Effect of the women’s health initiative on prescription anti-osteoporosis medication utilization
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- Farley, J.F., Blalock, S.J. & Cline, R.R. Osteoporos Int (2008) 19: 1603. doi:10.1007/s00198-008-0607-1
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Publication of the Women’s Health Initiative (WHI) resulted in a 39% reduction in hormone therapy utilization and a 29% increase in the use of new anti-osteoporosis medications. Overall, the prevalence of prescription anti-osteoporosis medication use declined following the WHI. This has important implications for osteoporosis prevention and treatment.
Women who discontinued hormone therapy (HT) following the Women’s Health Initiative (WHI) may have been more likely to initiate treatment with newer anti-osteoporosis medications (AOM). The objective of this study was to examine the influence of the WHI on AOM utilization among a nationally representative sample of older adult women in the U.S.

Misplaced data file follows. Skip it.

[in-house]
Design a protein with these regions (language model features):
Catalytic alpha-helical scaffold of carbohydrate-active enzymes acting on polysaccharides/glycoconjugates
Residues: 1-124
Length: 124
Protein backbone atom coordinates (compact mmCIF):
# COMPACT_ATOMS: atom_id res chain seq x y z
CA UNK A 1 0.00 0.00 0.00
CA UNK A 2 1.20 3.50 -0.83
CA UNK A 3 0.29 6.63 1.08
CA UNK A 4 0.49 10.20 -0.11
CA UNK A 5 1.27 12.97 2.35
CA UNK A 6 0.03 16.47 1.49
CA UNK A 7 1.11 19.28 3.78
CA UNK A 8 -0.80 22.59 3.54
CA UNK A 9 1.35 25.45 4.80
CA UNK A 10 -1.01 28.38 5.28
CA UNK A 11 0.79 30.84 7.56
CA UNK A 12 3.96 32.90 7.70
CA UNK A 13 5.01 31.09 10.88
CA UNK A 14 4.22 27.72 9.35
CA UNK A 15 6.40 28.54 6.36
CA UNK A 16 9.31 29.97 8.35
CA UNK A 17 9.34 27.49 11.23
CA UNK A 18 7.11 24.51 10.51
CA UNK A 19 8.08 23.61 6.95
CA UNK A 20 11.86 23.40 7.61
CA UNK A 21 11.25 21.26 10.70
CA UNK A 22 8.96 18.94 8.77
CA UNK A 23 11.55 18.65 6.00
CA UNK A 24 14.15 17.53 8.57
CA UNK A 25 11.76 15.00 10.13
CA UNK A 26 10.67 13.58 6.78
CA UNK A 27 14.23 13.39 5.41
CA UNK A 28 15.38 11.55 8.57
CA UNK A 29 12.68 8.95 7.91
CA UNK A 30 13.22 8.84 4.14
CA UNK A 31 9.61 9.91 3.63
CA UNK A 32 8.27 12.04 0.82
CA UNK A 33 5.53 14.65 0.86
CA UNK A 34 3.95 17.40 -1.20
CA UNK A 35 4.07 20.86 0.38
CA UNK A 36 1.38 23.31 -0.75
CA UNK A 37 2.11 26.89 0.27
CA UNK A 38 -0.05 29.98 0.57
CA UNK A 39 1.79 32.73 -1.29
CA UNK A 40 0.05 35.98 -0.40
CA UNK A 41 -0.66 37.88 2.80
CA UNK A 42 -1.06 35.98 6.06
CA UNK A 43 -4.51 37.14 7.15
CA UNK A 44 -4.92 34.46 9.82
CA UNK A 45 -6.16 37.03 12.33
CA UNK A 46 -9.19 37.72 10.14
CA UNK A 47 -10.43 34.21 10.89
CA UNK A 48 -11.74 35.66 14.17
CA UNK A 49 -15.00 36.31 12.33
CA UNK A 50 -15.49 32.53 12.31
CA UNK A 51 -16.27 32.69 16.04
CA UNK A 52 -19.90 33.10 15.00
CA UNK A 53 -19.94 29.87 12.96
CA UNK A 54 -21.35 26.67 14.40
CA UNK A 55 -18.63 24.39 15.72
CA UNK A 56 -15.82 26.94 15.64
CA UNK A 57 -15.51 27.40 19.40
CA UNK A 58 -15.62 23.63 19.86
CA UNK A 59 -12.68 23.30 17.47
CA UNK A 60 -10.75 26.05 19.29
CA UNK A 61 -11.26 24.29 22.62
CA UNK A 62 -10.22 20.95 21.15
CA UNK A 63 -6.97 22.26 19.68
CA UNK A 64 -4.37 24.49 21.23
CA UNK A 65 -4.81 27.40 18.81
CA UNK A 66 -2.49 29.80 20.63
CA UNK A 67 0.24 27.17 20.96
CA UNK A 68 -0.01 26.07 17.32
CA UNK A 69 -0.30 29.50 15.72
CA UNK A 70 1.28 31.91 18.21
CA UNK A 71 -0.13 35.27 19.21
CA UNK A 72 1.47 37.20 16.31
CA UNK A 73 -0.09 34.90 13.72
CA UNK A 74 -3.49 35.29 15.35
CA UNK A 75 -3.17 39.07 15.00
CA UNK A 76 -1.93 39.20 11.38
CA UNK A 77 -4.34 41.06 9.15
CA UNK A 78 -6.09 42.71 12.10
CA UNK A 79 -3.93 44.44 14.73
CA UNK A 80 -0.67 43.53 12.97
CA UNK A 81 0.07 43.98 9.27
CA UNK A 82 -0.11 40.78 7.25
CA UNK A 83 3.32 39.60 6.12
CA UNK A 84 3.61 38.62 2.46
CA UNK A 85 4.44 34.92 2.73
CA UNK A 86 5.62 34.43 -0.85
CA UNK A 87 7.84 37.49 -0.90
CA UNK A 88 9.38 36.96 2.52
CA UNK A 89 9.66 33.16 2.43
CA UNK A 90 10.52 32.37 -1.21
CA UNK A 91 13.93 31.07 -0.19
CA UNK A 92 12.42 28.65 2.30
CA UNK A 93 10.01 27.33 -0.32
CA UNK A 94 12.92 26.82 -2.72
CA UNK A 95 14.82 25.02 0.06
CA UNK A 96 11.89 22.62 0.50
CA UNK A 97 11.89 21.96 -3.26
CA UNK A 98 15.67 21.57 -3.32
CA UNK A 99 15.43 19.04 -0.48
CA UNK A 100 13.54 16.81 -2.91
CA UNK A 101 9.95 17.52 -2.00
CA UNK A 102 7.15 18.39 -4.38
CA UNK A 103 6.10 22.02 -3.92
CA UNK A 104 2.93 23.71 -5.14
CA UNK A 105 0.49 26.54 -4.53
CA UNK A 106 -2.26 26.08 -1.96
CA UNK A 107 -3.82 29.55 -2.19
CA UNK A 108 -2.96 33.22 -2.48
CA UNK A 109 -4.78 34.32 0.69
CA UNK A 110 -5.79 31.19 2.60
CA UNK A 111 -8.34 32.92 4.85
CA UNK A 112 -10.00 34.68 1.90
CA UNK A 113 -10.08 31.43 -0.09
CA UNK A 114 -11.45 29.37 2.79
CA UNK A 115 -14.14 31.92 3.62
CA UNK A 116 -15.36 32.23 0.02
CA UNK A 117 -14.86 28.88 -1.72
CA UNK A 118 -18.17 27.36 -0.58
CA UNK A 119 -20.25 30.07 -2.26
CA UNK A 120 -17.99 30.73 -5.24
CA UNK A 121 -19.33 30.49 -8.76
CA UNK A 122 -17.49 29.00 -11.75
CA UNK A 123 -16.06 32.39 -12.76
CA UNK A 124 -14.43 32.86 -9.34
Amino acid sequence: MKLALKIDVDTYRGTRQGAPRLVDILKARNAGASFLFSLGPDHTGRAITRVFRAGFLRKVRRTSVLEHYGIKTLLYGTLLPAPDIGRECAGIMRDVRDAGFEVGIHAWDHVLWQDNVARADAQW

We used the Medical Expenditure Panel Survey (MEPS) to examine AOM utilization among women aged 50 years and older. National estimates of AOM utilization were predicted from a sample of 2089 women interviewed five times between 2002 and 2003. AOM utilization was dichotomized for HT and newer AOM. Generalized estimating equations were used to predict odds ratios (OR) for AOM utilization controlling for potential predisposing, enabling, and need confounders.
Prior to the WHI, there were 8.7 and 3.6 million U.S. women using HT and newer AOM, respectively. One year following publication of the WHI, 5.3 million HT users persisted [OR 0.638 (95% CI: 0.617, 0.756)] while 4.7 million women used newer AOM [1.337 (95% CI: 1.120, 1.597)].
Although reductions in HT utilization were accompanied by increased utilization of newer AOM, treatment prevalence for osteoporosis remains sub-optimal.